An End to All ThingsHowever, troubles came in quick succession towards the end, with the King Emperor Dimesemada dying of a plague in the year 1659 of the Dawn Era, along with a good fourth of his empire's population. His children died soon after, and a cousin, who had been spared the plague due to her rural abode, took the throne. Queen Empress Hiwumoko ruled unofficially for three years as the Empire fell into chaos, only achieving her coronation in Dawn Era 1656. She was an unpopular and unskilled leader, ill prepared to take the throne - after all, she'd never expected to inherit anything greater than a country estate. Succession movements began to rapidly pick up steam, with peoples fracturing largely along ethnic and religious lines. Kodiri formally fractured in the year 1488 of the Dawn Era, when three provinces declared their succession. The other five followed within a few moons. Hiwumoko waged a futile war to keep the empire together. She turned out to have a keen mind for battlefield strategy, successfully leading campaign after campaign despite the defection of several major generals, but it was to no avail. The last Queen of Kodiri was Maiqa, who took the throne in 1309 of the Dawn Era after her mother's death in battle. Maiqa reversed her mother's policies, laying claim only to her small nation, and refusing the title of Empress. For the first time in nearly two centuries, Kodiri knew peace - but it was not to last. Forty two years later, a civil war broke out, which would rage for fourteen years until her death. Her infant son was spirited away by a maid, and vanished into the desert beyond the mountains - their final fate unknown, with rumors ranging from a horrid death to finding a portal to another world.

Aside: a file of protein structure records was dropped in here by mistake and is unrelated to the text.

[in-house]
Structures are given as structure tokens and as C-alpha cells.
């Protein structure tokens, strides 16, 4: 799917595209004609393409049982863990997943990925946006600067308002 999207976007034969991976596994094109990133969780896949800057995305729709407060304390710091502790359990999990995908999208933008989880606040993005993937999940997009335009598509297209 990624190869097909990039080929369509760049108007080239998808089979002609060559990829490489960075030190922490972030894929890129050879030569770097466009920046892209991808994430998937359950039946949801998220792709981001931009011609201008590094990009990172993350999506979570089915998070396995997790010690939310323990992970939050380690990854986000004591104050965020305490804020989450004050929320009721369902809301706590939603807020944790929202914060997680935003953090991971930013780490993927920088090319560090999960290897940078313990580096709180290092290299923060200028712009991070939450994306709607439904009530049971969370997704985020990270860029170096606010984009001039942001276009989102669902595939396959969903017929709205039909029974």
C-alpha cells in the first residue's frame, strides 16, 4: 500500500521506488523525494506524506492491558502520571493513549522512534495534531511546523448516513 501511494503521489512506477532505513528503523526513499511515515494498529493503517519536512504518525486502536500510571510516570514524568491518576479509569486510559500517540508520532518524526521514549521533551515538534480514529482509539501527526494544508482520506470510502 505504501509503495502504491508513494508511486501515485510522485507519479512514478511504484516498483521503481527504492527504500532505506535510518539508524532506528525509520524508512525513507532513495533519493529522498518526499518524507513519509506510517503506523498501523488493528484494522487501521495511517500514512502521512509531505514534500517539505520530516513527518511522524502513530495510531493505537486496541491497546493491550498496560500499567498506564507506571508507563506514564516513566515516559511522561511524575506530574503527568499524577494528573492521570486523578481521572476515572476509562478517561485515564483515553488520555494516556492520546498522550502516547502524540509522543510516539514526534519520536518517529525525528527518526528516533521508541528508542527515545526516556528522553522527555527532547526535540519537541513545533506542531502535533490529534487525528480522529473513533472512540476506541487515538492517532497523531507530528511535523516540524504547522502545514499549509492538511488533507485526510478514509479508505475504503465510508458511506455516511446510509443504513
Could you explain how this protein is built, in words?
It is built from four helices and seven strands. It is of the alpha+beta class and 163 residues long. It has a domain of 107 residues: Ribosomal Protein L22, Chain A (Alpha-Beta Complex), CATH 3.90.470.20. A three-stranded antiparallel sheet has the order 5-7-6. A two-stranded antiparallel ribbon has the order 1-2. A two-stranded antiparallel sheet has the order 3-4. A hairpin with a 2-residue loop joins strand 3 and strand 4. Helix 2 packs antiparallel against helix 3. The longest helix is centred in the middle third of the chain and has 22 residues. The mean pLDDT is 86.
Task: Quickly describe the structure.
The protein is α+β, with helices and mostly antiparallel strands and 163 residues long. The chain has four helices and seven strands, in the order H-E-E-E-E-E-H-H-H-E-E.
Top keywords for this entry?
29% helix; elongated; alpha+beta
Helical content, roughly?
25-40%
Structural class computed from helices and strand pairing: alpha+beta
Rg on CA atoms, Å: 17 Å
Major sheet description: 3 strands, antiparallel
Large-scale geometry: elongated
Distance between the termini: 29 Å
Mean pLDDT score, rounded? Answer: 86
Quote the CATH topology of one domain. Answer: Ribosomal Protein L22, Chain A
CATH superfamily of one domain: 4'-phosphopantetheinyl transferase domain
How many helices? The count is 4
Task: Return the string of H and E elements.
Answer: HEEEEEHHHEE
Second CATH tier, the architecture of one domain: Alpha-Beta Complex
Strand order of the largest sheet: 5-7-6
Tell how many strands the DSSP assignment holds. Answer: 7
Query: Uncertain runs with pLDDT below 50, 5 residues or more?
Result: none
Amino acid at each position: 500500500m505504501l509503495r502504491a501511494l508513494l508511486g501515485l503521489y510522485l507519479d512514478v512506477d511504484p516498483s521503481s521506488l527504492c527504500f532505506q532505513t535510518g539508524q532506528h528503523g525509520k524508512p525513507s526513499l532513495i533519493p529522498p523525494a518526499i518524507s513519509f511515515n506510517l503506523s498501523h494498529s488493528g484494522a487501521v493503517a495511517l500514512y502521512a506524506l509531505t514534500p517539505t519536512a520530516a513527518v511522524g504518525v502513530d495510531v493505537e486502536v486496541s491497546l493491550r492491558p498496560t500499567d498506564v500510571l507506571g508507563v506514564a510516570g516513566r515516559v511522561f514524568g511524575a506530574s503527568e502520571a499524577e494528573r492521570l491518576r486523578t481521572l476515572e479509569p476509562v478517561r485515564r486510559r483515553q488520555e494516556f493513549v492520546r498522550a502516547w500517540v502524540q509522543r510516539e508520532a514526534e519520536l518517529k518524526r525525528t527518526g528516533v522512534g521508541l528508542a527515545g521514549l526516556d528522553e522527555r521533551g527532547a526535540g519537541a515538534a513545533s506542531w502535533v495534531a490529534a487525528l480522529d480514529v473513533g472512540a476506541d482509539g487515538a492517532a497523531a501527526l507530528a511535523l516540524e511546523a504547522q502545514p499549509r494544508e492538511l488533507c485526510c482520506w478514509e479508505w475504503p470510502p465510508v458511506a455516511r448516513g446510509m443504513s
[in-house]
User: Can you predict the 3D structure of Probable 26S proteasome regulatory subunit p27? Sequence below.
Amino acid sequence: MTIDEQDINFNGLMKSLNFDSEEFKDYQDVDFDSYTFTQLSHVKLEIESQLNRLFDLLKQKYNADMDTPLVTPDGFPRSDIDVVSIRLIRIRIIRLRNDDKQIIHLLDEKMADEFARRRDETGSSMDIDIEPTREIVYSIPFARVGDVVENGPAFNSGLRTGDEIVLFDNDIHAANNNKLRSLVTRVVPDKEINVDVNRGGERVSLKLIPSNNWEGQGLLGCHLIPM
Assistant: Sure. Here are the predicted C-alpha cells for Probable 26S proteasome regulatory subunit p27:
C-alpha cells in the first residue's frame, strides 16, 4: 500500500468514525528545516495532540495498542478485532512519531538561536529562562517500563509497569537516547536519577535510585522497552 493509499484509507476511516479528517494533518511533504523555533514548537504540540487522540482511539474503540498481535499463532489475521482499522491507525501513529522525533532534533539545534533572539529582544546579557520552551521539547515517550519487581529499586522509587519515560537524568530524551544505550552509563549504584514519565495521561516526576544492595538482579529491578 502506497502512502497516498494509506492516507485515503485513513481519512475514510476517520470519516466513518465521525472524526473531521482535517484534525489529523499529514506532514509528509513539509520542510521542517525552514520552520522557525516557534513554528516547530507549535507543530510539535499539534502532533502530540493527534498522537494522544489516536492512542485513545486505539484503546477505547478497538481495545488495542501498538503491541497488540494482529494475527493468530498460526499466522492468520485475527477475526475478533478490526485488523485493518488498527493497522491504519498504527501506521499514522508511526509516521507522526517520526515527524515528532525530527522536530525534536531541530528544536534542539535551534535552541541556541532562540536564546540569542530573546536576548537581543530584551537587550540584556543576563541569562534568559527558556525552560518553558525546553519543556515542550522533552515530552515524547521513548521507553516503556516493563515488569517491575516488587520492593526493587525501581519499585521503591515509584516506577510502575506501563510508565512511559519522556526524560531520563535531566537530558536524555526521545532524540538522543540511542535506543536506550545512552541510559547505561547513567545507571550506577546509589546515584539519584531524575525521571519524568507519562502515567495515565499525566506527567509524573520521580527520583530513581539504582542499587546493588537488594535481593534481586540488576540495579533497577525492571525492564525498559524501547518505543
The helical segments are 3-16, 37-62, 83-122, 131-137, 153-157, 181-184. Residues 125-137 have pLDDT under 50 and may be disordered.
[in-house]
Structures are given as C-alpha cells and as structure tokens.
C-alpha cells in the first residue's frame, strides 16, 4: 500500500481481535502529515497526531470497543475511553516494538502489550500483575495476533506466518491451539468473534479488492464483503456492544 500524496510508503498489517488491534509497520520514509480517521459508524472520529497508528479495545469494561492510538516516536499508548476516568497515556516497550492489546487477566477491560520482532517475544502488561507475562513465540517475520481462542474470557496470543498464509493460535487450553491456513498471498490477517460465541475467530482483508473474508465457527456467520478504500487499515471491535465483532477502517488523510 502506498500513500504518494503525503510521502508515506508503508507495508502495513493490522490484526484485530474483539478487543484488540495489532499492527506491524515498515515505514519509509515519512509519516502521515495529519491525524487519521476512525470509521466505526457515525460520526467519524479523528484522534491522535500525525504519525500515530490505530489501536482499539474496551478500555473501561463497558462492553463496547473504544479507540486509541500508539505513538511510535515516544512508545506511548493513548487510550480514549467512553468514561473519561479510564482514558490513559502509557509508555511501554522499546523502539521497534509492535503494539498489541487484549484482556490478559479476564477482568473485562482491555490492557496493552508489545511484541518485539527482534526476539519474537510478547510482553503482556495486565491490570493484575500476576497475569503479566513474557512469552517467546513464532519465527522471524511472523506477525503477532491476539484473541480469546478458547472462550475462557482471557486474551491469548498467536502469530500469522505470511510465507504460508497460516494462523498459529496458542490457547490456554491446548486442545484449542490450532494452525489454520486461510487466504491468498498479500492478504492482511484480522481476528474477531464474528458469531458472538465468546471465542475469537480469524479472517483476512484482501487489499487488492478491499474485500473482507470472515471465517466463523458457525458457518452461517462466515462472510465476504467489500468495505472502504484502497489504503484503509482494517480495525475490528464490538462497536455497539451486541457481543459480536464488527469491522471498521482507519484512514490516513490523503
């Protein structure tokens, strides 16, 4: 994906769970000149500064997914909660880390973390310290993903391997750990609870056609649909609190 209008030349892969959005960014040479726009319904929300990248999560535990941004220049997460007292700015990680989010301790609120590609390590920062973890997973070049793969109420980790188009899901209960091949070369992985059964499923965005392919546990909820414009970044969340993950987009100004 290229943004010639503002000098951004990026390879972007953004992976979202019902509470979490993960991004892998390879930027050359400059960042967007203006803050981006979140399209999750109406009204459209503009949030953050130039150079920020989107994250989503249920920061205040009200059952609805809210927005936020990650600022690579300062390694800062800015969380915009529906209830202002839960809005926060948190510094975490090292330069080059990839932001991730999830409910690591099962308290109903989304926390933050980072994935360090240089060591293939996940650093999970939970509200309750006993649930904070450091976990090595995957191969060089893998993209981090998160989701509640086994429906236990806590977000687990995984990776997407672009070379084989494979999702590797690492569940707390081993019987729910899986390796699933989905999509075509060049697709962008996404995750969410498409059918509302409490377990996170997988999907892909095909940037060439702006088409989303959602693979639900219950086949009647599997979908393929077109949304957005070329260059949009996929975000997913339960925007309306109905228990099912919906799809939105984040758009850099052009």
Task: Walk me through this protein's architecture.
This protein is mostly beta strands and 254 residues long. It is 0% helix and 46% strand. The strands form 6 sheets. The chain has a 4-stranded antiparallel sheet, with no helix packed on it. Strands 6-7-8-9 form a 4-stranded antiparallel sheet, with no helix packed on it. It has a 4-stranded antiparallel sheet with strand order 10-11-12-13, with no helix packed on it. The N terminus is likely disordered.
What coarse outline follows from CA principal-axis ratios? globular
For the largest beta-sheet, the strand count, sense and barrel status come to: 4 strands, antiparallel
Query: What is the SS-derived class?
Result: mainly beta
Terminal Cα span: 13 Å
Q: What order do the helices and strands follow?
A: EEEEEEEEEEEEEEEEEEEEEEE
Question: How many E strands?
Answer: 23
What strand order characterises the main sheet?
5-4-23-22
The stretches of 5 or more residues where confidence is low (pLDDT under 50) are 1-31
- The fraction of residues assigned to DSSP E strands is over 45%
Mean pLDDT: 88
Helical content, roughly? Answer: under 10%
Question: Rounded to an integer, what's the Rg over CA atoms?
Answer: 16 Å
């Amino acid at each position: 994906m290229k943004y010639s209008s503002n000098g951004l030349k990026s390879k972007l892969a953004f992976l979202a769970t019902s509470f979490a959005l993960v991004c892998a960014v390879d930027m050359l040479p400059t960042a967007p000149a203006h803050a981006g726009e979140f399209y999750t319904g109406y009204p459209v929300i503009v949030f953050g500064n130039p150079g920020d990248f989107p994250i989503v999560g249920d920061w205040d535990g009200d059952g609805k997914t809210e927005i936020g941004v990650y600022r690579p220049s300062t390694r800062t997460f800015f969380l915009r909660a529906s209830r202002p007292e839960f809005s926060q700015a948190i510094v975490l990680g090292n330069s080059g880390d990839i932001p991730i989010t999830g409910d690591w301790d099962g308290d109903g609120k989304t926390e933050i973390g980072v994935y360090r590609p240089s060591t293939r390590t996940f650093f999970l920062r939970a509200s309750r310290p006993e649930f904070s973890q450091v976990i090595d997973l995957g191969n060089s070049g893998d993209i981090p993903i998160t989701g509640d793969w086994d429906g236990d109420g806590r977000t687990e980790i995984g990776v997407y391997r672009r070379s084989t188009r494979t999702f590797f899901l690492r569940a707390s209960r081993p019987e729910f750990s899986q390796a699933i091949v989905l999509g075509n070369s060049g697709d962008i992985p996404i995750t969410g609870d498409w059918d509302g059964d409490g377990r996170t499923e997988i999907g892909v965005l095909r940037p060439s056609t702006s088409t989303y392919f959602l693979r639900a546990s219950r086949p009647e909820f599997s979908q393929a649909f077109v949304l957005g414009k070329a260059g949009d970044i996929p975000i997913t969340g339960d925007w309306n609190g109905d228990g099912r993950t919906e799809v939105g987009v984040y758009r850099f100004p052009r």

Demography and Population
At its greatest extent, the empire held nearly a fourth of the world's population - around a hundred and fifty million people.
TerritoriesA view of a village shortly outside of Lidaidi At its height, the Kodiri Empire stretched across the super continent of Mereiose (comprising the northern continent of Ederiuda and the southern continent of Koromi), covering well over six million square miles, although it remained centered around the city of Lidaidi as it rose and fell. Its borders fluctuated frequently, with war and political alliances securing rapid advances before unrest undid much of the progress. Still, the stable borders slowly crept outwards. It took a few years for the empire to spread past the plains and hills around Lidaidi, for the settlement was cradled to the south east and south west by high mountains. Initial forays were actually northward, into the part of Ederiuda across the shallow sea that separates the two. It would be Kodir I's son, Halar, who would begin the empire's rapid expansion across the two continents. Halar's daughter, Rasir (Kodir's granddaughter) organized the empire into nine administrative provinces, based largely on ethno-cultural factors, and put locals in charge of local law and organization. This was in contrast to her father's policies, who had often rewarded loyal generals - many from the central province around Lidaidi or from the Qadiya horse people - with land. The empire remained largely bound to continuous land, as the Kodorim had little skill with ships, failing repeatedly to conquer the nearby islands under the ruler-ship of Rasir's daughter Dalir (Kodir I's great-granddaughter).